“That’s important to keep in mind in an era that finds America wading hip deep in a cascading tide of bovine effluvium.” - STM
“They quoted Shakespeare and used words like “effluvium” in everyday speech.” - GUD
“Note the drain in the floor: By intermission, stagehands will be hosing away the blood and effluvia.” - WPO
“After a while, it becomes easy to wave off even the most pestilent and dangerous effluvia as just more of the same old routine debris.” - SLT
“The amount of plastic and other materials is about 3%, the rest being high-quality paper. This allows the shredded and compacted effluvium to be treated as top-class raw material by recycling firms.”
ef·flu·vi·um [noun] An unpleasant or harmful odour or discharge
An arabesque is a position in which a ballerina stands on one leg with the other stretched out behind her. The back leg in an arabesque might be just touching the floor or extended straight up in the air.
A ballet dancer in an arabesque position is familiar — many ballets include arabesques or arabesques penchée, when the ballerina's legs are at an angle greater than ninety degrees. Another kind of arabesque is a graceful design originally found in Islamic art and later in European art and design. This kind of arabesque resembles vines and leaves, rendered in metal, ceramic, or stone. The word arabesque comes from the Italian Arabo, or "Arab," used to describe Moorish architecture.
“In Pakistan and India, so-called jingle trucks feature calligraphy, beads, extravagantly colored arabesque designs or Hindu motifs.” - LAT
“Because of all these branching and interlinked narratives — sometimes likened to nested Russian dolls or the arabesque patterns of Islamic art — “The Arabian Nights” constantly defers closure.” - WPO
“And that a triple play is as graceful as a balletic arabesque.” - GUD
“At Fendi that involved dying furs green, shredding them and painting them with gold arabesques at a time when a black mink coat was considered the standard.” - LAT
“Seaweeds wave and swallows soar; the limbs of dancers and acrobats loop in arabesques. After a lifetime working against convention, Matisse found in this new medium a unique fusion of line and colour.”
ar·ab·esque [noun] A posture in which one leg is extended backwards at right angles, the torso bent forwards, and the arms outstretched, one forwards and one backwards
Source: Carving into colour
To vanquish is to be the complete and total winner, to overpower and overcome, whether in a contest, a race, or a war. It generally suggests a total trouncing, to the point of humiliation — or worse — for the loser.
Sometimes words for the same thing are effective in different ways because they offer different levels of meaning. For example, in a game, you can simply win, or you can vanquish your opponent. The former is enough, but the latter makes that defeat sound so much worse, like a total rout. Philosopher Friedrich Nietzsche once stated, "Against war it may be said that it makes the victor stupid and the vanquished revengeful."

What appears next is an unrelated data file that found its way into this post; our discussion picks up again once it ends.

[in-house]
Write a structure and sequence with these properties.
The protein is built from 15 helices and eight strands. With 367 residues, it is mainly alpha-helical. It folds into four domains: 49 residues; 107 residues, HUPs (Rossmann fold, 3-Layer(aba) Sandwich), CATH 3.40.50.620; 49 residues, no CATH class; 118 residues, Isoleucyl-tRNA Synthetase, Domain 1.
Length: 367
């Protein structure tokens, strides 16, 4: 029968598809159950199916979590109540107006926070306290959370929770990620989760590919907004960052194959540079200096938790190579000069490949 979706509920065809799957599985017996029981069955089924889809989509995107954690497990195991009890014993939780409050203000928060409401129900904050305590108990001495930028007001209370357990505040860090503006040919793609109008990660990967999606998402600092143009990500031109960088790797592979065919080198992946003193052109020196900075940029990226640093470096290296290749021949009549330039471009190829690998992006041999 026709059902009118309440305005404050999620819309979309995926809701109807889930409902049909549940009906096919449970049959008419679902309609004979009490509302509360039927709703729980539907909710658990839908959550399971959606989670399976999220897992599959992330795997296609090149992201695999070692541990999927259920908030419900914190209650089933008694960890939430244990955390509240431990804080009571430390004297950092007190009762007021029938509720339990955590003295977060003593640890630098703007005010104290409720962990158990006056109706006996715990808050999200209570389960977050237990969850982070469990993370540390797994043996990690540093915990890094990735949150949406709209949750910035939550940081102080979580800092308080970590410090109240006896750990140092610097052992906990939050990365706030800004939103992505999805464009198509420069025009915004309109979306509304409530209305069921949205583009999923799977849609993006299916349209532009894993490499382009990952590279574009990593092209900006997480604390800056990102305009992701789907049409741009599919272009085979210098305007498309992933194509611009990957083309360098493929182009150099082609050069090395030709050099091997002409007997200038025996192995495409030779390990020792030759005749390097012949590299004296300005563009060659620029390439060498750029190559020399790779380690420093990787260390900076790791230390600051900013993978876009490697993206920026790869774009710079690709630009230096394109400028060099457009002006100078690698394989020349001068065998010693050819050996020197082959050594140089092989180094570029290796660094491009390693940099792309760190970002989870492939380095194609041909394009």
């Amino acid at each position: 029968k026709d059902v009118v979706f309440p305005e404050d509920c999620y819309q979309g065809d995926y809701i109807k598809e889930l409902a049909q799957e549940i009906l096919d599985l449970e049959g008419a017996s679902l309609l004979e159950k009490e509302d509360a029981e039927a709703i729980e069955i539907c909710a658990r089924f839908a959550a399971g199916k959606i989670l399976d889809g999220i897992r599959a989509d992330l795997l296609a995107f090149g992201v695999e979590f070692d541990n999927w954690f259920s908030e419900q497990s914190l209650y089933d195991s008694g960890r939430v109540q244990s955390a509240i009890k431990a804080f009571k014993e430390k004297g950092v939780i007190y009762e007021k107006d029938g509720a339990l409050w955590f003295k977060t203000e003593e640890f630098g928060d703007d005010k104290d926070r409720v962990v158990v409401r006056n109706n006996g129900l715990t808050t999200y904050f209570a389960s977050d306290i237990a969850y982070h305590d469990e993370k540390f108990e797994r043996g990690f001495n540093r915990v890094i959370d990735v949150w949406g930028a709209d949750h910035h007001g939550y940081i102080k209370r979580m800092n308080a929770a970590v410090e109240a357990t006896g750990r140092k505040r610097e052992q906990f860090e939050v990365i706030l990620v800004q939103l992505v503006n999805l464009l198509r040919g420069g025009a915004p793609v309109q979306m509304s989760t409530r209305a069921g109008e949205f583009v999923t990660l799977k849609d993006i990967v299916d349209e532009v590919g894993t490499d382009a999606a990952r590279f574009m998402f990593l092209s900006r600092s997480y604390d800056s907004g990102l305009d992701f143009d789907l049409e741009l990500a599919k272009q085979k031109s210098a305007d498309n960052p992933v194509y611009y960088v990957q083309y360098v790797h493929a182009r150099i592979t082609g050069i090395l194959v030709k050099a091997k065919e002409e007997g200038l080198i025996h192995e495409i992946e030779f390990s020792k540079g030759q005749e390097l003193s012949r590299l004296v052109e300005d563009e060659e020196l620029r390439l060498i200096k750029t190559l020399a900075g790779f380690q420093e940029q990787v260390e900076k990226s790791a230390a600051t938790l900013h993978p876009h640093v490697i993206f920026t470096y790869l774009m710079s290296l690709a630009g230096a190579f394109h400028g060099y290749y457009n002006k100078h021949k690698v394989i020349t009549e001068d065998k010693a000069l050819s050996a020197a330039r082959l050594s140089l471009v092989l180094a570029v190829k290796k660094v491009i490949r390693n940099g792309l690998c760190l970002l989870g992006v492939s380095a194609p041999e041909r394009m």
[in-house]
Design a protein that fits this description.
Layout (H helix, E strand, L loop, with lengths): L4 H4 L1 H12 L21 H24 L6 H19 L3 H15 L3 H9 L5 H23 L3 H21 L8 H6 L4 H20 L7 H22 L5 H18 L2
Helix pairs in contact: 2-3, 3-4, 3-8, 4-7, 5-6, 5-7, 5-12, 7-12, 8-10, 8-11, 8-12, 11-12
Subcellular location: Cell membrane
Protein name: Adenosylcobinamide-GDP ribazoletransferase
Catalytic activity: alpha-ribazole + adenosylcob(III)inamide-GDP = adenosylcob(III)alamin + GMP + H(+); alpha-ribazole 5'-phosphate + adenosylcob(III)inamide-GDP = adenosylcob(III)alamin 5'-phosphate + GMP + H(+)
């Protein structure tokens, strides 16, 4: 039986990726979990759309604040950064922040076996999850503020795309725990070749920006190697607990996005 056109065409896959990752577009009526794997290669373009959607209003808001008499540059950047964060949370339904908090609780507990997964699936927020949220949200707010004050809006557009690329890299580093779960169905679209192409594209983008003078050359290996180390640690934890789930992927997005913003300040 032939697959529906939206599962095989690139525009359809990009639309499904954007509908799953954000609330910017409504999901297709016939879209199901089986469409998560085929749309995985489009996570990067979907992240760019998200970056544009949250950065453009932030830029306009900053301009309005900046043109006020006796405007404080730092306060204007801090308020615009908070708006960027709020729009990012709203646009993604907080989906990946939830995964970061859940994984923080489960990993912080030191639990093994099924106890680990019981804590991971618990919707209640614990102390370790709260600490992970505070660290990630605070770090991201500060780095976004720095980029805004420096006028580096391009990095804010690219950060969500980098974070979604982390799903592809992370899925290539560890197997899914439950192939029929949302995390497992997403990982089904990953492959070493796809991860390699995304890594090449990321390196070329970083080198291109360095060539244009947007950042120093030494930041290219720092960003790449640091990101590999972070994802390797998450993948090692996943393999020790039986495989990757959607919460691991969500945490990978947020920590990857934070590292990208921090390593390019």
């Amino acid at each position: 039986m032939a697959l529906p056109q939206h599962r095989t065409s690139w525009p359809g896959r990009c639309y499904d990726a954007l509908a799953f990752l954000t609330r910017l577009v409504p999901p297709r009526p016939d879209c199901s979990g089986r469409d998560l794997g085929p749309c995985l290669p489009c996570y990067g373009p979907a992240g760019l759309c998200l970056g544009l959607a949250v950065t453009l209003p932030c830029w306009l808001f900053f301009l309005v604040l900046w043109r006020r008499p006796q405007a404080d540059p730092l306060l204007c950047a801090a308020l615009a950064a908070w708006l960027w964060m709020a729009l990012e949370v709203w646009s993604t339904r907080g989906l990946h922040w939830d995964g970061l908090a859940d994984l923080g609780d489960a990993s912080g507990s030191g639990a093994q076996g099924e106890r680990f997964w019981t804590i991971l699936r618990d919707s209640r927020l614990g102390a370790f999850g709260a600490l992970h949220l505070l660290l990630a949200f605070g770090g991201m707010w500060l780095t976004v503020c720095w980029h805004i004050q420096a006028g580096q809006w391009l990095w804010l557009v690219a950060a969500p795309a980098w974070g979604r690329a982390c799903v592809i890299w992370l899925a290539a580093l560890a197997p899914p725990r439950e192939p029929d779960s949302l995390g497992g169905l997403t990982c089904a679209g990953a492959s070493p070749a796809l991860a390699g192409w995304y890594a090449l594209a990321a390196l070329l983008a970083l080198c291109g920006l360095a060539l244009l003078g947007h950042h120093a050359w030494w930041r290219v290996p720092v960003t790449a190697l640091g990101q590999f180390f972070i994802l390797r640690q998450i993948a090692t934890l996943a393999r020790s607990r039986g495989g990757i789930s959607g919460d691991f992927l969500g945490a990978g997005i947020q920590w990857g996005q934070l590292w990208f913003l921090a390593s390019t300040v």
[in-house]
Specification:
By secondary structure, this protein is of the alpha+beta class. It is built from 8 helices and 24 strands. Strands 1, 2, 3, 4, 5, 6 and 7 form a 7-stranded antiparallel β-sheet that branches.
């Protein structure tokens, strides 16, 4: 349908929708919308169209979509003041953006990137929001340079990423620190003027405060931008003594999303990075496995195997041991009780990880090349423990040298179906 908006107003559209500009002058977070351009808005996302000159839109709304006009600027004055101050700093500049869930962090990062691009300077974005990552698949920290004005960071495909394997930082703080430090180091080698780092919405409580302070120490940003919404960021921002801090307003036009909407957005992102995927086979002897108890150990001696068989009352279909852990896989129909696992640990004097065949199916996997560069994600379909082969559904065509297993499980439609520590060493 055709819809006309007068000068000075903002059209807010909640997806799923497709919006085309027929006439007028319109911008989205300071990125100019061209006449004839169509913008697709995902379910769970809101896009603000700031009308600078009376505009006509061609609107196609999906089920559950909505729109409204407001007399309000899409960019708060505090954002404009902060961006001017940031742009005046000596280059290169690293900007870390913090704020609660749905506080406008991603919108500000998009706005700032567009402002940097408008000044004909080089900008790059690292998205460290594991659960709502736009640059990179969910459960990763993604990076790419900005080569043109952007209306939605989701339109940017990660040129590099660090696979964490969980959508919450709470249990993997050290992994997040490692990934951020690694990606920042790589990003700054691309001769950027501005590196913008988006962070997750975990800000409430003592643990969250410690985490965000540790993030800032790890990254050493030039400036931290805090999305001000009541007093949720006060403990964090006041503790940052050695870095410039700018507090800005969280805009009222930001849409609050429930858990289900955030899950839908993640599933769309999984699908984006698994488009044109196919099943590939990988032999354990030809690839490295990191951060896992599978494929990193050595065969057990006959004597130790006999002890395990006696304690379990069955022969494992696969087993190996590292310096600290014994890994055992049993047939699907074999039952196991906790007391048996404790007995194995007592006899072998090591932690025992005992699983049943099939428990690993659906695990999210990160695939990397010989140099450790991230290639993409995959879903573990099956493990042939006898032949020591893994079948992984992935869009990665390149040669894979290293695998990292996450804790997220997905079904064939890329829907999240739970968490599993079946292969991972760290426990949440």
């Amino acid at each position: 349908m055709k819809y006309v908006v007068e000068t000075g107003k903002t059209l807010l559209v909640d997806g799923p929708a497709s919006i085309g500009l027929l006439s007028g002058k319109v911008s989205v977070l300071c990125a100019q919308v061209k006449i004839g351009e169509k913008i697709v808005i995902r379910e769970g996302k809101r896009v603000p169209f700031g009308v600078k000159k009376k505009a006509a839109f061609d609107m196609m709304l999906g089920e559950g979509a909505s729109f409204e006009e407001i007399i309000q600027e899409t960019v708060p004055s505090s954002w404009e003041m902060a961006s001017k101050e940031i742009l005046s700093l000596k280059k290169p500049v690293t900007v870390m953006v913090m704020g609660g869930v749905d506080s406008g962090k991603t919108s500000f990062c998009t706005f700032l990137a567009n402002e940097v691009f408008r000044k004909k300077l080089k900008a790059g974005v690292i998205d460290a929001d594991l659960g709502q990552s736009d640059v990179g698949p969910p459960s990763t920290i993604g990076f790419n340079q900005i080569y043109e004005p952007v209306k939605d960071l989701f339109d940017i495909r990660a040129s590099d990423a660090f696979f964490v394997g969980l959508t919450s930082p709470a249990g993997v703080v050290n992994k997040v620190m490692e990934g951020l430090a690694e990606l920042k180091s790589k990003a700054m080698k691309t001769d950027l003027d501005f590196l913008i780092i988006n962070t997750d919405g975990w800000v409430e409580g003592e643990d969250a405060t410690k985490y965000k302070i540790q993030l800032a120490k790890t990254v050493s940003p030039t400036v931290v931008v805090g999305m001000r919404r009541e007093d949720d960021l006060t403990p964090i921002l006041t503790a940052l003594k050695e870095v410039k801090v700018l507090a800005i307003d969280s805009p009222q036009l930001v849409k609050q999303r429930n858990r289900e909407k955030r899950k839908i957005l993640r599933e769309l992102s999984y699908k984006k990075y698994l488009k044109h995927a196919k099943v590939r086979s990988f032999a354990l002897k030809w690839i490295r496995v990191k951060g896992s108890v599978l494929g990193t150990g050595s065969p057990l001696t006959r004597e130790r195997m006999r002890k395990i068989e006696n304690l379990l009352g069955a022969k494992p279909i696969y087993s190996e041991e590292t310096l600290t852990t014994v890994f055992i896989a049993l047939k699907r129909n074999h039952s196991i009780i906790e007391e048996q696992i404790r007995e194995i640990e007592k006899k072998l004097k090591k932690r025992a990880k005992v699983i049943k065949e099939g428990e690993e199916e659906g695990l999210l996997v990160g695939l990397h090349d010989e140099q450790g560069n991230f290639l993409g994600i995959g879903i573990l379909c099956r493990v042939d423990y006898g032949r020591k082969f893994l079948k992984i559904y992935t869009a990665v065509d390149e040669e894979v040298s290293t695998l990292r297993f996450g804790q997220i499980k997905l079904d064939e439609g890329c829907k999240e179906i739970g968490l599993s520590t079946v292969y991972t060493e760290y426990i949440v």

“He was acquitted, claiming he indeed wanted to work with Islamic State, but stopped when he realized the Islamist militant group was more concerned with establishing a caliphate than vanquishing the government.” - LAT
“Over the following weeks, the fire vanquished every attempt to stop it.” - LAT
“Many indigenous peoples who fought abroad faced discrimination and racism upon their return to Canada, and a government intent on vanquishing their language and culture.” - GUD
“If Raptors Coach Nick Nurse were to identify the attributes needed to vanquish the Warriors, he need not change a thing.” - WPO
“Lawsuits are unlikely to vanquish ExxonMobil. Last year a federal judge in California dismissed a lawsuit against oil firms, arguing that Congress and diplomacy, not courts, should handle the fallout from climate change.”
van·quish [verb] Defeat thoroughly
Synonyms: conquer, defeat, beat
Source: ExxonMobil gambles on growth
Sinuous means winding or curvy. If you get lost on a sinuous mountain path, you'll need a compass or a GPS to figure out which direction leads back to camp.
The adjective sinuous comes from the Latin word sinus, which means to curve or bend. If you have a sinuous body, then you have lots of curves. Snakes use sinuous movements to travel. Live Oak trees have particularly sinuous branches. We usually use sinuous to talk about physical shapes of bodies or pathways, but you could also describe someone's logic as sinuous if it wanders all over the place when they're trying to explain something.
“The sinuous waste bunkers and naturalized areas add to the visuals.” - GFD
“Erickson's sinuous lead guitar and wailing vocals didn't turn him into a chart topper, but they cemented his role as a musician's musician.” - FOX
“Erickson’s sinuous lead guitar and wailing vocals didn’t turn him into a chart topper, but they cemented his role as a musician’s musician.” - STM
“Worse, the jet stream appears to be stuck in this sinuous pattern.” - WPO